Microsatellites, morphological, and alkaloids characterization of Zephyranthes fosteri and Z. alba (Amaryllidaceae): Allopatric populations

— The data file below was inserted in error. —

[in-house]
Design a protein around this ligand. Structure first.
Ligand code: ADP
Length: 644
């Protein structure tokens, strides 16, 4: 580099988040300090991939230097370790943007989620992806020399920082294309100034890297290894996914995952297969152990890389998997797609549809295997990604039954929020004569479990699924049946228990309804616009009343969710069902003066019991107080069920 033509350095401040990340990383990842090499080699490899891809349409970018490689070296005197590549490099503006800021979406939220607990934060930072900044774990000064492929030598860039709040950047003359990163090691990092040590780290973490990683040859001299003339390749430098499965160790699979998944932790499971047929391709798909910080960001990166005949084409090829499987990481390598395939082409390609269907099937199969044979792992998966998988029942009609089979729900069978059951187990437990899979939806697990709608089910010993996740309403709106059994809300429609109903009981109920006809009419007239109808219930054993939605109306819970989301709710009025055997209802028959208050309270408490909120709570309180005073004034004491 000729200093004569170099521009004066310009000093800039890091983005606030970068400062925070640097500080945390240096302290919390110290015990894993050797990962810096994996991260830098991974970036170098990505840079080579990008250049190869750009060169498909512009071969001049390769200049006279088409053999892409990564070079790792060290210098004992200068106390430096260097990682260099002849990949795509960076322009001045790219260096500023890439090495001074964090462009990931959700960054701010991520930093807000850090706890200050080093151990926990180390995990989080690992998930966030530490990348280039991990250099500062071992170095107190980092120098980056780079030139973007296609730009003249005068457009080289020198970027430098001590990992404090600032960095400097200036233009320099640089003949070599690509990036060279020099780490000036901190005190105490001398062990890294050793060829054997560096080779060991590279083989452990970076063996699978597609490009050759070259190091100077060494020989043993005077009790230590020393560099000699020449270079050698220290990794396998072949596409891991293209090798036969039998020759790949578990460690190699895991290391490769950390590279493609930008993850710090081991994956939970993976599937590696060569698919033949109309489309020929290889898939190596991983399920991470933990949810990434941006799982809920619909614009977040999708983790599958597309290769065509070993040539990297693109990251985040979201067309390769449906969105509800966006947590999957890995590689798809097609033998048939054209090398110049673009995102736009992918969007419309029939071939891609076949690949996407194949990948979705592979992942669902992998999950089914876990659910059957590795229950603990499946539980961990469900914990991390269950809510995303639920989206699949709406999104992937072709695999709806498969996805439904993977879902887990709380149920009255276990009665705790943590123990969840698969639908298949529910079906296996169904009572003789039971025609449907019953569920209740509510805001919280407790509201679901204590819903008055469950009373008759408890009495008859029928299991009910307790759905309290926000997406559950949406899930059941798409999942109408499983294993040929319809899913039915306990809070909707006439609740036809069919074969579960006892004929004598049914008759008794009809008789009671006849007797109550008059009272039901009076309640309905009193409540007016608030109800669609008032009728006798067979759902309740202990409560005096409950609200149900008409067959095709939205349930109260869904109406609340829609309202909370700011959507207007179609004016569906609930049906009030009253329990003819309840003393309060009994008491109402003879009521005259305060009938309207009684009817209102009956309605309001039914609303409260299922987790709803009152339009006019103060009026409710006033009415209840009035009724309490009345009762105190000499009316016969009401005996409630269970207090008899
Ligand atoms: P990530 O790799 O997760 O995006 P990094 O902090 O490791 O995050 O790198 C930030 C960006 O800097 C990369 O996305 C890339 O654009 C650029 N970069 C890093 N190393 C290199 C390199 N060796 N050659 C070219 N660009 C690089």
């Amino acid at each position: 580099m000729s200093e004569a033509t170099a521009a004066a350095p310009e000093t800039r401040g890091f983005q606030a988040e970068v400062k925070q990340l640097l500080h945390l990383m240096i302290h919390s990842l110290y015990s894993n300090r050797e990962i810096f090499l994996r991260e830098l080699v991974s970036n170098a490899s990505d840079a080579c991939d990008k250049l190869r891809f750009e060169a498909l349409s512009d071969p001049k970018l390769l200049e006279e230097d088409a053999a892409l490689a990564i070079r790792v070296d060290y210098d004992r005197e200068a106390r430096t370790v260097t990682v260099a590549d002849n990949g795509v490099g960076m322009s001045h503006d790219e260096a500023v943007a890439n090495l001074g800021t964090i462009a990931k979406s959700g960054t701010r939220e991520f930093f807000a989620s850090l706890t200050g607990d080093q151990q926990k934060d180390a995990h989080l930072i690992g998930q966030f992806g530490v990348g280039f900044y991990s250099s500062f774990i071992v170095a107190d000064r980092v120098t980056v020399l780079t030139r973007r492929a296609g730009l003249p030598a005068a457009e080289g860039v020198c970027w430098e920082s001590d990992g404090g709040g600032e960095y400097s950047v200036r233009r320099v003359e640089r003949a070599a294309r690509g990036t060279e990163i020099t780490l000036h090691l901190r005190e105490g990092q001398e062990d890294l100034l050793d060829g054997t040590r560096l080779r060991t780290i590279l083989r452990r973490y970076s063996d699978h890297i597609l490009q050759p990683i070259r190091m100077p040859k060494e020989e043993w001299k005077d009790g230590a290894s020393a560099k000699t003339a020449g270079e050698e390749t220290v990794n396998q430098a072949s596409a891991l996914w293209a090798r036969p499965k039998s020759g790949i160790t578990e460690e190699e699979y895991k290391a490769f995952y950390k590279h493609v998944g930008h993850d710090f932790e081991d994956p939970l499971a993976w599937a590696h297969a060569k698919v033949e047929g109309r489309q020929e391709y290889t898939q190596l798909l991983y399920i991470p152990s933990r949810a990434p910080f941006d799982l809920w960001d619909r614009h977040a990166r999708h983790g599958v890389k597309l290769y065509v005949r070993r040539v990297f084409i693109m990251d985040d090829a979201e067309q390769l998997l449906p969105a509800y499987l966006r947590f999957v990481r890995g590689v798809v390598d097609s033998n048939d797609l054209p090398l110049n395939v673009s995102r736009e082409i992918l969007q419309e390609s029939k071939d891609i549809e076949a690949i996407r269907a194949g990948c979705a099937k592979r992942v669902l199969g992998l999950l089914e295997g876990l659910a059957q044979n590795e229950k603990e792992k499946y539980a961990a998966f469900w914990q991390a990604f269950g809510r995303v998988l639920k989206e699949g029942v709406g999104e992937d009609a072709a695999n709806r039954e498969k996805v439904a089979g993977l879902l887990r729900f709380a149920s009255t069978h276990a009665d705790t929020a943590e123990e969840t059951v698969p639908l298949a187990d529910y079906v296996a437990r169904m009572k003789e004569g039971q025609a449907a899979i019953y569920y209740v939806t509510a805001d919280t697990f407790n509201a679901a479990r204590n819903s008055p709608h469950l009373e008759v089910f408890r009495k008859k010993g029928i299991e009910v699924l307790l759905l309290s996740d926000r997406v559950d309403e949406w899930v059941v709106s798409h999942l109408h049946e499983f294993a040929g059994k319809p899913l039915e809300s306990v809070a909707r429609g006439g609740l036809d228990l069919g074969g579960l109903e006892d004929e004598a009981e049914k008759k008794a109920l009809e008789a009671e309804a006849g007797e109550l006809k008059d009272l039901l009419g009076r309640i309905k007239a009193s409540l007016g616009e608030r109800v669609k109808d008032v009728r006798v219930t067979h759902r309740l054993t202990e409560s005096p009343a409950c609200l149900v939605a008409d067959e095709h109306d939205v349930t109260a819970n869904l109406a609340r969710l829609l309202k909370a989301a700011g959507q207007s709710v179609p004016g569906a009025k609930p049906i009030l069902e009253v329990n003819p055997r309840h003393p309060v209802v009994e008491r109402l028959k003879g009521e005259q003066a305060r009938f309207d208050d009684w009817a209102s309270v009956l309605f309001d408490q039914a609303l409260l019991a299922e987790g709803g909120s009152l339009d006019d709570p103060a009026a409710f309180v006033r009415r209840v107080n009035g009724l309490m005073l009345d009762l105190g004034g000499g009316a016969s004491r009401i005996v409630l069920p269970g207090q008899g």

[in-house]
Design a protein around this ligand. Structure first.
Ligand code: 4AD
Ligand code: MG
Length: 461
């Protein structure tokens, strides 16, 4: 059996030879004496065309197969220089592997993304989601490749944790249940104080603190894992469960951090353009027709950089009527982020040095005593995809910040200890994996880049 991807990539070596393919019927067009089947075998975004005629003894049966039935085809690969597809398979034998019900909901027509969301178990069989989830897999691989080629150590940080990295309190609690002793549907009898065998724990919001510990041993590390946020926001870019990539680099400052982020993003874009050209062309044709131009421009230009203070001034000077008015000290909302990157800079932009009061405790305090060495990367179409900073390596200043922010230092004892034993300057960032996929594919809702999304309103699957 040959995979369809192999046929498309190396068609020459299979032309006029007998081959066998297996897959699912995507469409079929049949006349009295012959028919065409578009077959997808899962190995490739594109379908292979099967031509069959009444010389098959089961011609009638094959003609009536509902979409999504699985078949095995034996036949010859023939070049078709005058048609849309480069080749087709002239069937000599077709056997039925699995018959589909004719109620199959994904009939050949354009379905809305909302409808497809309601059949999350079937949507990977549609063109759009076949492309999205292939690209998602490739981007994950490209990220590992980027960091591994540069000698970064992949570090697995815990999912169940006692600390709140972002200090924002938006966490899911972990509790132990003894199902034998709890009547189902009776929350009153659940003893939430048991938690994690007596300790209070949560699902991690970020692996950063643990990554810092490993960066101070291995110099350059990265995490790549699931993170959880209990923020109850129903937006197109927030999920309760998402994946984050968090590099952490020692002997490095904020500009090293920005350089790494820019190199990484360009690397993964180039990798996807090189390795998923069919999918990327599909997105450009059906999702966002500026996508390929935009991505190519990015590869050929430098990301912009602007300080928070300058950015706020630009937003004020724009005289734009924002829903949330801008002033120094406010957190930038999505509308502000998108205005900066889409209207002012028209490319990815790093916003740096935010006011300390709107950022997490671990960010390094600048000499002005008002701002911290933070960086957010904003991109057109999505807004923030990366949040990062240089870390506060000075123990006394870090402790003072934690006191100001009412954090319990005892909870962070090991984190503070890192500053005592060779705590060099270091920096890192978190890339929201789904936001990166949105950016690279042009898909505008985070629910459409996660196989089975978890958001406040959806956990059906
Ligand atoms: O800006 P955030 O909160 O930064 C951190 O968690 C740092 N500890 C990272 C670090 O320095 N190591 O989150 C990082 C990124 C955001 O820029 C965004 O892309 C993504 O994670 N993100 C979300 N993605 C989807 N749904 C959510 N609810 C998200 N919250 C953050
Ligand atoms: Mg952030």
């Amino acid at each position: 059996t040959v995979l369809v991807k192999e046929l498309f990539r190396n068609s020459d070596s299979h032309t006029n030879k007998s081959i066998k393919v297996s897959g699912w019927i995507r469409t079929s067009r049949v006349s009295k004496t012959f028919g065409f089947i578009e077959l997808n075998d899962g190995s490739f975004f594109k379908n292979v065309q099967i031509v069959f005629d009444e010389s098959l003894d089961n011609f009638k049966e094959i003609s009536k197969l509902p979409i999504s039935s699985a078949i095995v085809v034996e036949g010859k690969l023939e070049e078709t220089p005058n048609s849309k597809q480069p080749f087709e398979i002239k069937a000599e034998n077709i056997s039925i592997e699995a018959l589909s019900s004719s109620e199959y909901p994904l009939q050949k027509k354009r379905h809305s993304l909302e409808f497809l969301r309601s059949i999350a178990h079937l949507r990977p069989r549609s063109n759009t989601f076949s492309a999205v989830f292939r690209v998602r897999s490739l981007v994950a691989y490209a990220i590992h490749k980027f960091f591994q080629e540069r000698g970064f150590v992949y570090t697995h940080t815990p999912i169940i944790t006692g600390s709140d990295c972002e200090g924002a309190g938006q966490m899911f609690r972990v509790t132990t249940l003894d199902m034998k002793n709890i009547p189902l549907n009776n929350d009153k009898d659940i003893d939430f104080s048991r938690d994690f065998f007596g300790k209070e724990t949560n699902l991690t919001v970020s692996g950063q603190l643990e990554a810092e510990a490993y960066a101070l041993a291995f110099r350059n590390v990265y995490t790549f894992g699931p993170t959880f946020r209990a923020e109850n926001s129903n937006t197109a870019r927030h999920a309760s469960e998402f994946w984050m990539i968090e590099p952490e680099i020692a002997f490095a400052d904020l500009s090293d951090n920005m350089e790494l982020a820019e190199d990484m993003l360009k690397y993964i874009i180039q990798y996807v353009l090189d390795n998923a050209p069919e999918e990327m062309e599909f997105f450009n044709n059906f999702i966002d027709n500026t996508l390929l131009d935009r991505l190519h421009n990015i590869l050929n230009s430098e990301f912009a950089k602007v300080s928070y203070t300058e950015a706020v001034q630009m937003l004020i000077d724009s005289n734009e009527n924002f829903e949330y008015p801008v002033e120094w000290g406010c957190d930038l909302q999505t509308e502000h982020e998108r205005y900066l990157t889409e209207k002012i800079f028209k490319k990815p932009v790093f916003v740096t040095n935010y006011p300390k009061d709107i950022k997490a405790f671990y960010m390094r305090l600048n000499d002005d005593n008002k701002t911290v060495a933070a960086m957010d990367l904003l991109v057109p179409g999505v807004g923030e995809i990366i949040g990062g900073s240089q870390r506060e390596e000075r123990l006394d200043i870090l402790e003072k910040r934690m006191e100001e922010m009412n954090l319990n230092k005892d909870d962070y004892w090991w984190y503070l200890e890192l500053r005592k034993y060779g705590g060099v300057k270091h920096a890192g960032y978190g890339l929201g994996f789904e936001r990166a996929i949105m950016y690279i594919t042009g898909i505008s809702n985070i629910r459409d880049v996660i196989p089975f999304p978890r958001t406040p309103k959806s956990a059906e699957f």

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Zephyranthes (Amaryllidaceae) is a taxonomically complex genus due to the frequent overlap of interspecific morphological variation. In Mexico, Z. alba and Z. fosteri are herbaceous plants that, when distributed in sympatry, generate individuals with complex patterns of morphological variation, leading to taxonomic confusion. Therefore, it is necessary to first characterize these species in allopatric populations. In this contribution, molecular, morphological, and alkaloid profiles were used to characterize both species in allopatric sites. Our results show that Z. alba and Z. fosteri allopatric populations are two well-defined genetic and morphological groups. Flower-related characters were the ones that best allowed us to distinguish between species. In a similar fashion, the alkaloid profile showed remarkable differences among species: four alkaloids were specific to Z. alba and five to Z. fosteri. Lycorine (43.3-88.8%) and galanthamine (87.7-91.4%) were the most abundant alkaloids for each species, respectively. In conclusion, Z. fosteri and Z. alba exhibit noticeable differences when distributed in allopatry. In addition, Z. fosteri has greater genetic and phenotypic plasticity compared to Z. alba, which could be related to the former's ability to colonize new habitats. Finally, the molecular, genetic and chemical markers developed here will provide a framework to further studies aiming to explore if hybridization among Z. alba and Z. fosteri occurs in sympatric populations.